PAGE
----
- it elevates the importance of relatively low-value-added enterprises
- it promotes (again, relatively) excessive risk-taking by encouraging the formation and propagation of itty bitty ventures.
Don't get me wrong here now. Vigorous competition and the entrepreneurial spirit are critical for any vibrant economy, but siphoning talent from established providers of value destroys the creation of surplus, especially once you adjust for the inherent uncertainty of a startup.
Let's use an example to illustrate what I mean.
Hugh is an out-of-work chemical engineer. Now, it just so happens that Dow has a plant not too far from where he lives, but because Congress is offering hiring incentives to small businesses (for the sake of argument, let's say that this is defined by firms who have 20 or fewer employees), he's offered a compensation package that just edges out what Dow is offering. So Mr. Jass, Hugh, takes a job at Flybynite Chemicals, a small bioplastics firm bicycling distance from his apartment (the poor goofball's old house got foreclosed last year). He's all happy about his new job and is ten kinds of excited about getting to work on the thrilling project of turning corn into car parts. Six months later, and the enthusiastic but mostly incompetent amateurs who run the company go broke and have to lay everyone off. Hugh is out another job, and back on the dole.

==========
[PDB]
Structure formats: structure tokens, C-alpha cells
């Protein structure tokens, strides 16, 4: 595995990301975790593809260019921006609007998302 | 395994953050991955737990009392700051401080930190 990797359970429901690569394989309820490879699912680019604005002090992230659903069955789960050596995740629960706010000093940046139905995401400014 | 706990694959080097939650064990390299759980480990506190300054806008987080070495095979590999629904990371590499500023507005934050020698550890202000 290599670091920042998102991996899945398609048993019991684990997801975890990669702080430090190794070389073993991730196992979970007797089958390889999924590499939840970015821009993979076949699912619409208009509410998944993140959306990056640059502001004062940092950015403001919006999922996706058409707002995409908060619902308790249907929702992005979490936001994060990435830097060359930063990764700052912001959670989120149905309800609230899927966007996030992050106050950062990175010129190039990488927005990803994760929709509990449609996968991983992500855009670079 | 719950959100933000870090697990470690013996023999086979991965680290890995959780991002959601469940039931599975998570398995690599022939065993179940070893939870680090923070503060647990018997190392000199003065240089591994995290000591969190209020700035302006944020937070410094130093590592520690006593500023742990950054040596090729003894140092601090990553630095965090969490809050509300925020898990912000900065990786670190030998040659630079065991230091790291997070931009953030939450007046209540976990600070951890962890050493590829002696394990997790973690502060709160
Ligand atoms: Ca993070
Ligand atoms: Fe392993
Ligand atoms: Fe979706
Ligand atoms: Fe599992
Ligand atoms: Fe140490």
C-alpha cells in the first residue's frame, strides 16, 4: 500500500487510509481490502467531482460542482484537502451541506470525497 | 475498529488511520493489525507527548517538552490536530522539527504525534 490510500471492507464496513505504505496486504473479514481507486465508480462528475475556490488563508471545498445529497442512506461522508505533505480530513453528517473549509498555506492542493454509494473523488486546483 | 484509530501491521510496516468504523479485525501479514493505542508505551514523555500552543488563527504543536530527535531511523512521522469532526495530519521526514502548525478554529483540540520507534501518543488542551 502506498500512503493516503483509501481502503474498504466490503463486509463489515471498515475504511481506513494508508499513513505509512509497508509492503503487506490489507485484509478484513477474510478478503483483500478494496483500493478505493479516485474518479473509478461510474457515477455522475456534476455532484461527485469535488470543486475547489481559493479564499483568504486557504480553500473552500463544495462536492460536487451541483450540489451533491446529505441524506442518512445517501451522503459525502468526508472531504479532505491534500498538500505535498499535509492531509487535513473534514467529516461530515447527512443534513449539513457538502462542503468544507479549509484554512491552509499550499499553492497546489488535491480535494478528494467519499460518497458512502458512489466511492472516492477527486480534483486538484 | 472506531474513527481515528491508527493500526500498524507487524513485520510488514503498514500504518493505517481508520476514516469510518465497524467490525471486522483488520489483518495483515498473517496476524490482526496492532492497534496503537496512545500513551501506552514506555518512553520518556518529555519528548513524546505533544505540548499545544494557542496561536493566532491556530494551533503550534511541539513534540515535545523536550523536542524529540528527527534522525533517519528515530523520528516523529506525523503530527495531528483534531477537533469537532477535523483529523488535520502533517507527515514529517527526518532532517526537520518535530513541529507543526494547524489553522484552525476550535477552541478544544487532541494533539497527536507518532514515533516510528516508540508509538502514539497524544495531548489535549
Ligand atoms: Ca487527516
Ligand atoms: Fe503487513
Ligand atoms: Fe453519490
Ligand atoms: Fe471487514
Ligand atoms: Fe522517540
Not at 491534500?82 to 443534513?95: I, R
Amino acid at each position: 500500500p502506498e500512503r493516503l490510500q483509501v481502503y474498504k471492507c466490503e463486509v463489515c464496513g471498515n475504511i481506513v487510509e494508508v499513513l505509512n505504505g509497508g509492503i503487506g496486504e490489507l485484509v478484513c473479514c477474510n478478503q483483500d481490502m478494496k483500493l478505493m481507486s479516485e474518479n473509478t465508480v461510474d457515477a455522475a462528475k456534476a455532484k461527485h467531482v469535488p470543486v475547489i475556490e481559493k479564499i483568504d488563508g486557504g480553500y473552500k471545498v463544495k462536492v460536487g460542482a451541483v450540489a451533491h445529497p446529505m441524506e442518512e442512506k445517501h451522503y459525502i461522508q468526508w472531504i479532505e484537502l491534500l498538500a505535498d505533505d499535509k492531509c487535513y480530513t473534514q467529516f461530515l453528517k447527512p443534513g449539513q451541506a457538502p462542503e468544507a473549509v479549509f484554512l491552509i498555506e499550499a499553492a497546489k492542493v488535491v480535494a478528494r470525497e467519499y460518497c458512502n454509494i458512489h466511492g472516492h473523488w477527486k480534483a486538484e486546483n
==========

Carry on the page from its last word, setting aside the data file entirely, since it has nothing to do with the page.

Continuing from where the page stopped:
On the margin, there could be lots of Hughs. Folks who would have been better off taking jobs with large firms, producing products that people want and supported by competent management. Instead, we have policy that champions one class of business over another, to the detriment of both the worker and the economy as a whole. Policy makers simply do not have the requisite information to judge whether or not employment with a large firm is less preferable than employment with a small firm. Only the workers themselves and the folks actually involved with the firm have the knowledge to make anything even approximating a best guess about the relative value of their resources (and yes people, labor is a resource. They call the hiring/firing departments in most companies Human Resources with little willy-nilliness involved). By pushing for more small business activity, we're shelving the valuable contributions made by big players, proven players, and taking risks with, yes, you guessed it, other people's money (well, maybe not money specifically, but with talent, time, and expertise, which are all worth a heck of a lot of money out there in the Wide World of Business). It's a recipe for misery and it's being sold to us in a cute perfume bottle as eau de economic recovery. Pathetic.